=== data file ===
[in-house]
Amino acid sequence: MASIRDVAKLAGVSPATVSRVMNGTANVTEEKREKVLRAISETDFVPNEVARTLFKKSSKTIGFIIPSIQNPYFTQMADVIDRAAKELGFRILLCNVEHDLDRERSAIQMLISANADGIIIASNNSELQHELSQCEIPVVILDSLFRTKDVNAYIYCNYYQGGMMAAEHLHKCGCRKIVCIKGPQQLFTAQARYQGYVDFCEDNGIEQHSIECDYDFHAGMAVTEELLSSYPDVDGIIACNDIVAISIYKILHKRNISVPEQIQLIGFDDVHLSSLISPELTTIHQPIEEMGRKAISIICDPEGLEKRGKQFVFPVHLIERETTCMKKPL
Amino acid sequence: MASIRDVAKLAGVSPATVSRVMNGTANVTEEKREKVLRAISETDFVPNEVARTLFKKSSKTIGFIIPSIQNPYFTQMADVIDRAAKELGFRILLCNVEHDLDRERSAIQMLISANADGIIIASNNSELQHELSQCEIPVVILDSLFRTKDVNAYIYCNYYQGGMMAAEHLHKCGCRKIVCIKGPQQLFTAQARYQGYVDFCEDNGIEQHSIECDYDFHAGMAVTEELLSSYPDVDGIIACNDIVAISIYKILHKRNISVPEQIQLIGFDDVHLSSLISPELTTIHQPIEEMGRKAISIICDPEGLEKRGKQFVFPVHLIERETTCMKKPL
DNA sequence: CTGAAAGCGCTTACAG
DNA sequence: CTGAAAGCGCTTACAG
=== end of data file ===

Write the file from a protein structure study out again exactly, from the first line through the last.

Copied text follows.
[in-house]
Amino acid sequence: MASIRDVAKLAGVSPATVSRVMNGTANVTEEKREKVLRAISETDFVPNEVARTLFKKSSKTIGFIIPSIQNPYFTQMADVIDRAAKELGFRILLCNVEHDLDRERSAIQMLISANADGIIIASNNSELQHELSQCEIPVVILDSLFRTKDVNAYIYCNYYQGGMMAAEHLHKCGCRKIVCIKGPQQLFTAQARYQGYVDFCEDNGIEQHSIECDYDFHAGMAVTEELLSSYPDVDGIIACNDIVAISIYKILHKRNISVPEQIQLIGFDDVHLSSLISPELTTIHQPIEEMGRKAISIICDPEGLEKRGKQFVFPVHLIERETTCMKKPL
Amino acid sequence: MASIRDVAKLAGVSPATVSRVMNGTANVTEEKREKVLRAISETDFVPNEVARTLFKKSSKTIGFIIPSIQNPYFTQMADVIDRAAKELGFRILLCNVEHDLDRERSAIQMLISANADGIIIASNNSELQHELSQCEIPVVILDSLFRTKDVNAYIYCNYYQGGMMAAEHLHKCGCRKIVCIKGPQQLFTAQARYQGYVDFCEDNGIEQHSIECDYDFHAGMAVTEELLSSYPDVDGIIACNDIVAISIYKILHKRNISVPEQIQLIGFDDVHLSSLISPELTTIHQPIEEMGRKAISIICDPEGLEKRGKQFVFPVHLIERETTCMKKPL
DNA sequence: CTGAAAGCGCTTACAG
DNA sequence: CTGAAAGCGCTTACAG